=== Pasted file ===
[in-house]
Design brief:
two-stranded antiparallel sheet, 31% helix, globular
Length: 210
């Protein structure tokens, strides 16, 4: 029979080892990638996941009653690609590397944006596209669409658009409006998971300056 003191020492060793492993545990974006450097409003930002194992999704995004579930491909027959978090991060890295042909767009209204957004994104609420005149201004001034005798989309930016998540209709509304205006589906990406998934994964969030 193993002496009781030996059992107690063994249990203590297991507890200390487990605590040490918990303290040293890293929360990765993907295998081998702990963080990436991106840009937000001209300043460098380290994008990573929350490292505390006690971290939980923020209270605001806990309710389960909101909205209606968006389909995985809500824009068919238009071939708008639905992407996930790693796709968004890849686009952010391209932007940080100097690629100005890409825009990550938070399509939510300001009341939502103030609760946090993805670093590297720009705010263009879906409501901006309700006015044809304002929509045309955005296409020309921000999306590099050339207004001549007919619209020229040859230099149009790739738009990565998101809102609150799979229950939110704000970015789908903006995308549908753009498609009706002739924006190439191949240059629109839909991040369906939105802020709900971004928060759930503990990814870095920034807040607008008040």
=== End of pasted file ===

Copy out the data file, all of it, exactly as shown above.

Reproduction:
[in-house]
Design brief:
two-stranded antiparallel sheet, 31% helix, globular
Length: 210
């Protein structure tokens, strides 16, 4: 029979080892990638996941009653690609590397944006596209669409658009409006998971300056 003191020492060793492993545990974006450097409003930002194992999704995004579930491909027959978090991060890295042909767009209204957004994104609420005149201004001034005798989309930016998540209709509304205006589906990406998934994964969030 193993002496009781030996059992107690063994249990203590297991507890200390487990605590040490918990303290040293890293929360990765993907295998081998702990963080990436991106840009937000001209300043460098380290994008990573929350490292505390006690971290939980923020209270605001806990309710389960909101909205209606968006389909995985809500824009068919238009071939708008639905992407996930790693796709968004890849686009952010391209932007940080100097690629100005890409825009990550938070399509939510300001009341939502103030609760946090993805670093590297720009705010263009879906409501901006309700006015044809304002929509045309955005296409020309921000999306590099050339207004001549007919619209020229040859230099149009790739738009990565998101809102609150799979229950939110704000970015789908903006995308549908753009498609009706002739924006190439191949240059629109839909991040369906939105802020709900971004928060759930503990990814870095920034807040607008008040």